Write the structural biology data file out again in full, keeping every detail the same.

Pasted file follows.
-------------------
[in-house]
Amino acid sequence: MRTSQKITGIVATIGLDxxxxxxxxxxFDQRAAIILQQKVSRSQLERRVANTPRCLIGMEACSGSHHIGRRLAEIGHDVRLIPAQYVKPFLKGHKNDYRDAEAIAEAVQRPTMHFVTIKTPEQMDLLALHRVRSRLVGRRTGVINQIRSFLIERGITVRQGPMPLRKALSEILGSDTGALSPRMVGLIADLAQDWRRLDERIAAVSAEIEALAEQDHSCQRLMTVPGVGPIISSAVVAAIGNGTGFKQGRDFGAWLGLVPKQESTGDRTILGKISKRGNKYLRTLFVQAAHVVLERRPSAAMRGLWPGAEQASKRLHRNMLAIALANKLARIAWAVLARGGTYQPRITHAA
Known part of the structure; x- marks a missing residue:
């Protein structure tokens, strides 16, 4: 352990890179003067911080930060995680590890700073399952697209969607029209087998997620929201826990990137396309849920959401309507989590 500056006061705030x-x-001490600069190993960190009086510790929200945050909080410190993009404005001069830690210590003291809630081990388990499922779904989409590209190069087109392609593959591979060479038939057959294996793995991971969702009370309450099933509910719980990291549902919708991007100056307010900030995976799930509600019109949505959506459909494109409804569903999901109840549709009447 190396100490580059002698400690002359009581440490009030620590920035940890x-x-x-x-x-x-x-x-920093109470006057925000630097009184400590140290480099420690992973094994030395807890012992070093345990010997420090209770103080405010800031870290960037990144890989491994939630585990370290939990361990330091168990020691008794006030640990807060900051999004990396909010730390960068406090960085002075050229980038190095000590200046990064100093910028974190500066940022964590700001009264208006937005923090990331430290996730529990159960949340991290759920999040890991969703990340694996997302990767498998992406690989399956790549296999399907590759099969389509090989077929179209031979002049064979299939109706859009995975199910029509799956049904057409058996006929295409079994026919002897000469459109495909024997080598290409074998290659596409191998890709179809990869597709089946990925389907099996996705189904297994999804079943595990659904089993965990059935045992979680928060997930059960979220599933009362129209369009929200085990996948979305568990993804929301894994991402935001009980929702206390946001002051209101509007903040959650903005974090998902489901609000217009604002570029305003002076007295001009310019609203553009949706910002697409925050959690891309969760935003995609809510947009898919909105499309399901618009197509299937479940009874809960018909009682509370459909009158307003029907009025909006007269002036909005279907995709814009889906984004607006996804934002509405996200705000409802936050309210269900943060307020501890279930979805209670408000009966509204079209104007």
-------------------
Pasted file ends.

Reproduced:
[in-house]
Amino acid sequence: MRTSQKITGIVATIGLDxxxxxxxxxxFDQRAAIILQQKVSRSQLERRVANTPRCLIGMEACSGSHHIGRRLAEIGHDVRLIPAQYVKPFLKGHKNDYRDAEAIAEAVQRPTMHFVTIKTPEQMDLLALHRVRSRLVGRRTGVINQIRSFLIERGITVRQGPMPLRKALSEILGSDTGALSPRMVGLIADLAQDWRRLDERIAAVSAEIEALAEQDHSCQRLMTVPGVGPIISSAVVAAIGNGTGFKQGRDFGAWLGLVPKQESTGDRTILGKISKRGNKYLRTLFVQAAHVVLERRPSAAMRGLWPGAEQASKRLHRNMLAIALANKLARIAWAVLARGGTYQPRITHAA
Known part of the structure; x- marks a missing residue:
């Protein structure tokens, strides 16, 4: 352990890179003067911080930060995680590890700073399952697209969607029209087998997620929201826990990137396309849920959401309507989590 500056006061705030x-x-001490600069190993960190009086510790929200945050909080410190993009404005001069830690210590003291809630081990388990499922779904989409590209190069087109392609593959591979060479038939057959294996793995991971969702009370309450099933509910719980990291549902919708991007100056307010900030995976799930509600019109949505959506459909494109409804569903999901109840549709009447 190396100490580059002698400690002359009581440490009030620590920035940890x-x-x-x-x-x-x-x-920093109470006057925000630097009184400590140290480099420690992973094994030395807890012992070093345990010997420090209770103080405010800031870290960037990144890989491994939630585990370290939990361990330091168990020691008794006030640990807060900051999004990396909010730390960068406090960085002075050229980038190095000590200046990064100093910028974190500066940022964590700001009264208006937005923090990331430290996730529990159960949340991290759920999040890991969703990340694996997302990767498998992406690989399956790549296999399907590759099969389509090989077929179209031979002049064979299939109706859009995975199910029509799956049904057409058996006929295409079994026919002897000469459109495909024997080598290409074998290659596409191998890709179809990869597709089946990925389907099996996705189904297994999804079943595990659904089993965990059935045992979680928060997930059960979220599933009362129209369009929200085990996948979305568990993804929301894994991402935001009980929702206390946001002051209101509007903040959650903005974090998902489901609000217009604002570029305003002076007295001009310019609203553009949706910002697409925050959690891309969760935003995609809510947009898919909105499309399901618009197509299937479940009874809960018909009682509370459909009158307003029907009025909006007269002036909005279907995709814009889906984004607006996804934002509405996200705000409802936050309210269900943060307020501890279930979805209670408000009966509204079209104007």